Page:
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Newcastle’s Castle: The Norman chapel

The normal chapel at Newcastle’s Castle is a beautiful example of Normal architecture with Norman arches in the roof and above the doorways.

These are incredible restorations undertaken by John Dobson in 1847. They still give you an idea of the chapel would have looked like during the medieval period.

The Norman invasion

When the Normans invaded Britain in 1066 they were a deeply religious people. They wanted to bring religious orthodoxy into the British Isles. They believed that the British were lax in their Christianity – not practising or worshipping fervently enough. So the Norman brought with them a great many monks and established monasteries throughout the British Isles.

The chapel at the Castle would have been a royal chapel because Newcastle’s Castle was a royal castle, unlike other castles which were owned by Barons and Lords and used to control parts of the country on behalf of the King.

But Newcastle’s Castle was owned by the King – it was the seat of royal power in the region. Whenever the royal family came to stay for a state visit or to defend the region against the Scots, they’d also need somewhere to worship – hence the chapel.

Architectural changes

The chapel has changed architecturally over the years. One of the doorways in the chapel never existed in its original state. The door that exists there now would have been quarried through during a restoration to allow access from another part of the castle.

This particular chapel was only for the use of the royal family. Other Garrison members who lived and worked at the castle would have worshipped at another chapel in the grounds of the castle.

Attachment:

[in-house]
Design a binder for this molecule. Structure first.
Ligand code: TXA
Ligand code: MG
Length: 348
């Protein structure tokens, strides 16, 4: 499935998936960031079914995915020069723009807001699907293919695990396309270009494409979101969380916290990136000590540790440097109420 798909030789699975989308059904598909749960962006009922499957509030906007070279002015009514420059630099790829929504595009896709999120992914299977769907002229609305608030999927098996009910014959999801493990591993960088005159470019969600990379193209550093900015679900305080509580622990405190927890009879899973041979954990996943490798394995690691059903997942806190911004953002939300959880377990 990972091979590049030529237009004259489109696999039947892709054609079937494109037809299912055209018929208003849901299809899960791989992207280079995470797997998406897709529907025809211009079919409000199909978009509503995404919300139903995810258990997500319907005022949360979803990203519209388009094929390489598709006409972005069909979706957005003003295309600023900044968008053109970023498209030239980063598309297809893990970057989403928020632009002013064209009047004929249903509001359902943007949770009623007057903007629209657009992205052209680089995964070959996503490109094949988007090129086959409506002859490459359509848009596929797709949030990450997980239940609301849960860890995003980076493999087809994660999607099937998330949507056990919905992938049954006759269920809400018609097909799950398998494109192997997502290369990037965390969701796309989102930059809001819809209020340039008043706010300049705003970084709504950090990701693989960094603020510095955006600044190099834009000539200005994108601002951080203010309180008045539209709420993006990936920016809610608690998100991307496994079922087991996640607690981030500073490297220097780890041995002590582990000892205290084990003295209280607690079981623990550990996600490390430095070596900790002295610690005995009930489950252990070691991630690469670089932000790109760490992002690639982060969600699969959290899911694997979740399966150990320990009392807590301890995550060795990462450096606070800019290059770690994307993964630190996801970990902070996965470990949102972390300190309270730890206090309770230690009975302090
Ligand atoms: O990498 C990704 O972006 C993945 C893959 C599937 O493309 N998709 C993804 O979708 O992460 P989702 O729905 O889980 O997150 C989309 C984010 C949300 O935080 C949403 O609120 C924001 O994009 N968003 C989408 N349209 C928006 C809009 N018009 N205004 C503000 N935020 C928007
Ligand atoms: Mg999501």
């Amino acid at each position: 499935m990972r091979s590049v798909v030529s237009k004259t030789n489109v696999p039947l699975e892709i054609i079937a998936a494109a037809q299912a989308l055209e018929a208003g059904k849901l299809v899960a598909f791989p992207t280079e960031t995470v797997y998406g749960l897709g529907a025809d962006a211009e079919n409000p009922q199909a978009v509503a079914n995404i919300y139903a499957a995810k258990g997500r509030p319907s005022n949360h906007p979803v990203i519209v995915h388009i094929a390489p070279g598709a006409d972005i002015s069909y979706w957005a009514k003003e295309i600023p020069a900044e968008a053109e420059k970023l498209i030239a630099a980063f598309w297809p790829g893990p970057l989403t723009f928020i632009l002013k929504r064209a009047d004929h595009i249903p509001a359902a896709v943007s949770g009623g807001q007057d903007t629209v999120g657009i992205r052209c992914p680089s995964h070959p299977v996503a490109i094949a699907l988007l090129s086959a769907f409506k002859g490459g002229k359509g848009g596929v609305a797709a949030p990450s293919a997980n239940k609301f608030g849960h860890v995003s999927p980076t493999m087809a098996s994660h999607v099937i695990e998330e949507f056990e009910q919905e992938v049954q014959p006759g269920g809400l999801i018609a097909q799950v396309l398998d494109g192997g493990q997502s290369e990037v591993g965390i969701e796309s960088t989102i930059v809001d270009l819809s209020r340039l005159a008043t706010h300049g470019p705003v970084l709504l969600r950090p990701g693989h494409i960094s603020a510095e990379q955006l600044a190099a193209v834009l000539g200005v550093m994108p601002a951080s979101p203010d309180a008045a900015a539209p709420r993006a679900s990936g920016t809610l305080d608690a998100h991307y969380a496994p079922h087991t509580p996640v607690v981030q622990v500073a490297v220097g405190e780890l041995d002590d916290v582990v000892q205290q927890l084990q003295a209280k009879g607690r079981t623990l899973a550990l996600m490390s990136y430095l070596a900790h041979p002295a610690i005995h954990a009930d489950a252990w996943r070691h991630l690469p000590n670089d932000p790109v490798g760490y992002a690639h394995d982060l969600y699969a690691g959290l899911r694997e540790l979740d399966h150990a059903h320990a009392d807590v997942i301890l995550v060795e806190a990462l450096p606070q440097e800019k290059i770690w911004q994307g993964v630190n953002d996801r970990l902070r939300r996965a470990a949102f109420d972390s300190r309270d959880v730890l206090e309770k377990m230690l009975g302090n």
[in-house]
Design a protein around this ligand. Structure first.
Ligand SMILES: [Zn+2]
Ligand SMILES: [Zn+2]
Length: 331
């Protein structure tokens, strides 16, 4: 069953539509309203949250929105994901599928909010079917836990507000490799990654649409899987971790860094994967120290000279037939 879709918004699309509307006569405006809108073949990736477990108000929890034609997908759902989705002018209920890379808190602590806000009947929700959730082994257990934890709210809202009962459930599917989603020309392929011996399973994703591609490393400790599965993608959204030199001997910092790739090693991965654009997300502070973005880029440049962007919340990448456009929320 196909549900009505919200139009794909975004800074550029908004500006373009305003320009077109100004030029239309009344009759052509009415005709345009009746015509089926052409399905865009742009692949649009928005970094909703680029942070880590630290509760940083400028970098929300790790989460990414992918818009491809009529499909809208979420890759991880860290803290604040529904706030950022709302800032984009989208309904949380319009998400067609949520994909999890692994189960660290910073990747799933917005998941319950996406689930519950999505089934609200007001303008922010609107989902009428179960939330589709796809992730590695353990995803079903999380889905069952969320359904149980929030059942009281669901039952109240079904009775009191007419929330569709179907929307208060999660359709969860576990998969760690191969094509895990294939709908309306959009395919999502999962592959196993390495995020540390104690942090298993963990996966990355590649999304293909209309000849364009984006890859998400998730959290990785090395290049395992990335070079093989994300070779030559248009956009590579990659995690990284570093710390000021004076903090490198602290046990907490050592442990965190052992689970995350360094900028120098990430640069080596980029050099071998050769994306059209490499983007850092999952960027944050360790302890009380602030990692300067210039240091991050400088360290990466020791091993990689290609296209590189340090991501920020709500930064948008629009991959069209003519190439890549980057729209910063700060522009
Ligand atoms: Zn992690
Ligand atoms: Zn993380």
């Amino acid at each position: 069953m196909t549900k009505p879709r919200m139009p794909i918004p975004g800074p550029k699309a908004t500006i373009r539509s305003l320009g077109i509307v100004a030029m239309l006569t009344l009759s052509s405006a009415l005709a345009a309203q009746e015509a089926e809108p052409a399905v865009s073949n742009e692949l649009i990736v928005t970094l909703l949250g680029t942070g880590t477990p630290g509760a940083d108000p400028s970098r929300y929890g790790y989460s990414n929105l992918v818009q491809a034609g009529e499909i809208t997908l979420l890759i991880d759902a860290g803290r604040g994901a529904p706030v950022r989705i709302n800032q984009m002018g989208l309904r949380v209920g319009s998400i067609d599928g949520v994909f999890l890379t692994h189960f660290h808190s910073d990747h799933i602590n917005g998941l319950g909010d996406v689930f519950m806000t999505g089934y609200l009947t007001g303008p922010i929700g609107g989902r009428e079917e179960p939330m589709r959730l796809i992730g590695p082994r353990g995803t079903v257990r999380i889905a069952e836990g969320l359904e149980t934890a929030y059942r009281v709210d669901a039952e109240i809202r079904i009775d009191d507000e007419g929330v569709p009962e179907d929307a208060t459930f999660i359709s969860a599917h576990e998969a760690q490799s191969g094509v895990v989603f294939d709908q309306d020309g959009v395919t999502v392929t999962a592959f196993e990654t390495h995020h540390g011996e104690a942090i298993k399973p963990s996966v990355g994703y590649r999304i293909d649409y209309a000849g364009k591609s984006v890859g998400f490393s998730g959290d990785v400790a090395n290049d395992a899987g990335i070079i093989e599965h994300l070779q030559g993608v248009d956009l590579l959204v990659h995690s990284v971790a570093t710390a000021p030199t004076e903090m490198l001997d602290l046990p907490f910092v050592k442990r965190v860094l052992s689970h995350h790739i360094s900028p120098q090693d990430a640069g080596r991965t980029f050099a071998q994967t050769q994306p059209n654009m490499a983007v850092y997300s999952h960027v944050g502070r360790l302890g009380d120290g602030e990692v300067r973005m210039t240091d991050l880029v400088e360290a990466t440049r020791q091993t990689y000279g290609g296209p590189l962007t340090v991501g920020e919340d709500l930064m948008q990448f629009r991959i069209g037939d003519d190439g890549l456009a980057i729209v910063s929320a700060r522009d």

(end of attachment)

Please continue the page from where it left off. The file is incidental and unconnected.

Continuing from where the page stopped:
A declining reputation

As the castle’s role changed and the city’s walls were built, the castle wasn’t needed as a miliary defence and it fell into disrepair and was abandoned. Thieves would hide in the castle and use it as a base to rob other areas in the city.

In an attempt to rid the castle of this unfortunate use, part of the chapel was later turned into a store house or cellar for a nearby pub – the Three Boars Head. Beer for the pub was stored in the chapel, to be drawn upon by Newcastle revellers. The pub has since been demolished but it developed a reputation as a rough establishment, the landlord of which declared himself the best ever player of a certain board game in the whole of the British Isles. When challenged and beaten at the game, he started an impromptu ‘boxing match’ which was reported in the local newspaper – the modern day equivalent of which would be a bar fight!

After 1847 the chapel was redeveloped as a heritage site in the heart of the city to tell the story of the Norman Chapel and all its royal, criminal and slightly shady inhabitants.

You can watch an episode on this particular topic on my youtube channel Alex Iles UK here

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